3. Where Is It I Belong: …and speaking of ballads, this is a much more typical song for Mary Wilson, a melancholy love ballad given the gauzy treatment of a perfume ad. “Where Is It I Belong” was co-written by Elaine Brown and produced by Mark Davis; Diana Ross fans will know Davis thanks to his production of the song “I’m Falling In Love With You” from 1973’s Diana & Marvin, one of the best tracks on that uneven album. There are actually some similarities between “Where Is It I Belong” and that earlier recording, in terms of the dreamy way in which both are produced; that said, “I’m Falling In Love With You” is the far superior track, with its sizzling groove evocative of classic Motown. “Where Is It I Belong” is really sappy, lacking much fire or soul and sounding far too much like generic Muzak to really register; it doesn’t help that lyrics like “He was Capricorn/And a love was born” instantly date the song. Wilson sounds okay, but her delivery isn’t particularly distinctive and she’s swamped by the schmaltzy surroundings; Cindy Birdsong and Scherrie Payne are given very little to do behind her. The repetition of a plaintive question (“Where is it I belong?”) recalls another recording from a female trio, the monster hit “When Will I See You Again” by The Three Degrees; that song had peaked at #2 on the Billboard Hot 100 in late 1974. But play the two songs back-to-back and you’ll hear what’s missing on the Supremes cut; there’s a freshness and energy that just aren’t present here.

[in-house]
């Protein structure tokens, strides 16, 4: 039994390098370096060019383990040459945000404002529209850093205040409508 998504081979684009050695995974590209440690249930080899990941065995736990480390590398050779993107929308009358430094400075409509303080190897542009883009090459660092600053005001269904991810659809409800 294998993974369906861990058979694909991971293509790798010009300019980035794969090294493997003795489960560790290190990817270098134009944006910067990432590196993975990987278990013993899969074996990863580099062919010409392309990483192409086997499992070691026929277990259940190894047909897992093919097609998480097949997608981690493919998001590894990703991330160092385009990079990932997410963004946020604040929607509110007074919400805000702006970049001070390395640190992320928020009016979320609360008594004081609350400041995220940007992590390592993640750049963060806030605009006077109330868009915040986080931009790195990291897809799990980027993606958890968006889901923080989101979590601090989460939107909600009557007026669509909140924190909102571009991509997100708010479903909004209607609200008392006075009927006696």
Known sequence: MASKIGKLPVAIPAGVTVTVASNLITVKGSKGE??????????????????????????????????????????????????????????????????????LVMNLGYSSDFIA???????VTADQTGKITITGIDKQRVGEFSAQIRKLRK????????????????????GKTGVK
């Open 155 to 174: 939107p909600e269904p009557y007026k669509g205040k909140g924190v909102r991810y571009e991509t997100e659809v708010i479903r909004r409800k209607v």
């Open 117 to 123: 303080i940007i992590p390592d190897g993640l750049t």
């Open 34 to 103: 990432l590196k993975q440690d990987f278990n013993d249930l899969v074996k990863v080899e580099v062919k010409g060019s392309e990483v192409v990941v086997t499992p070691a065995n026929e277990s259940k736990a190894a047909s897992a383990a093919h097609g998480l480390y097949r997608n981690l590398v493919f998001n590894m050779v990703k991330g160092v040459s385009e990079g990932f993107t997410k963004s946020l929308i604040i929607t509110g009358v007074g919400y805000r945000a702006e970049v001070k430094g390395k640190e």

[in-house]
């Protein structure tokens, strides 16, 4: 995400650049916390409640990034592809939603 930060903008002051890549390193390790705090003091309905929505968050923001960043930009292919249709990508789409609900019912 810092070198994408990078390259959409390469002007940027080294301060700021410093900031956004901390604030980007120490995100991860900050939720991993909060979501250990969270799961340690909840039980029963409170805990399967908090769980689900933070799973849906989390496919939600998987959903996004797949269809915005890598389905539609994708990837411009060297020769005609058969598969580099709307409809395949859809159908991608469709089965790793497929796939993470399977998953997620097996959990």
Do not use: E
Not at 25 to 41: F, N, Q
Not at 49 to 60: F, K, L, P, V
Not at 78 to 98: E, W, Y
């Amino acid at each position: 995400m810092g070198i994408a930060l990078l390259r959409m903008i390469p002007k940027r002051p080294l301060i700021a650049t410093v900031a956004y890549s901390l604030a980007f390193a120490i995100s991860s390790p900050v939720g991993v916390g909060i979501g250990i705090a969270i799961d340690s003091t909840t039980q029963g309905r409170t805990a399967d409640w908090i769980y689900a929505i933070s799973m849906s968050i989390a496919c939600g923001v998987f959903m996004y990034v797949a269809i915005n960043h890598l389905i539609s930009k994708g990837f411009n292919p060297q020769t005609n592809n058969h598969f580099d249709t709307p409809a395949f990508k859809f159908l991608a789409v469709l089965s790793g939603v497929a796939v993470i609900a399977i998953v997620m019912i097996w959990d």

4. It’s All Been Said Before: This upbeat song was slated to be the first single from The Supremes; Motown assigned it a catalogue number (Motown 1350) before cancelling the release and choosing to go with “He’s My Man” instead. The two songs couldn’t be more different; this is a peppy pop tune, written by Dennis Lambert and Brian Potter (who penned hits including “Keeper Of The Castle” for The Four Tops) and produced by Michael Lloyd, who’d enjoyed success with The Osmonds. “It’s All Been Said Before” actually had been said before; it was recorded by soul singer Bobby Hutton and released on his 1973 ABC album Piece Of The Action; I’ve read the song was written for The Four Tops, which makes sense since Lambert and Potter had written for the Tops and the group was also signed to ABC. Fascinating, then, that a song for the post-Motown Four Tops ends up with The Supremes…at Motown. The angular arrangement and urgency in the track recall classic Motown a bit; the opening “duh-duh-duh” beats could have come from a Holland-Dozier-Holland hit of the previous decade. The song serves as a showcase for Scherrie Payne, who gets her first full lead of the entire album; her boisterous performance is confident and impressive. Although Payne boasts a thick, muscular voice that bears some similarities to that of Aretha Franklin, she sings with a crispness reminiscent of her Supreme predecessor, Diana Ross; both women can skip lightly over a melody, nailing each note and never getting bogged down with too many ad-libs or riffs. This might be what Mary Wilson had meant when she wrote that Payne’s voice possessed “that indescribable something that makes audiences sit up and listen” — Payne’s enunciation and precision are immensely listenable. That said, “It’s All Been Said Before” isn’t the “lost hit” some fans might hope for; it hasn’t aged well and sounds campy in execution, thanks to the cutesy production that really is more suited to The Osmonds than The Supremes (and indeed, Donny and Marie ended up covering this tune). This is a memorable tune, but it’s not a standout on The Supremes.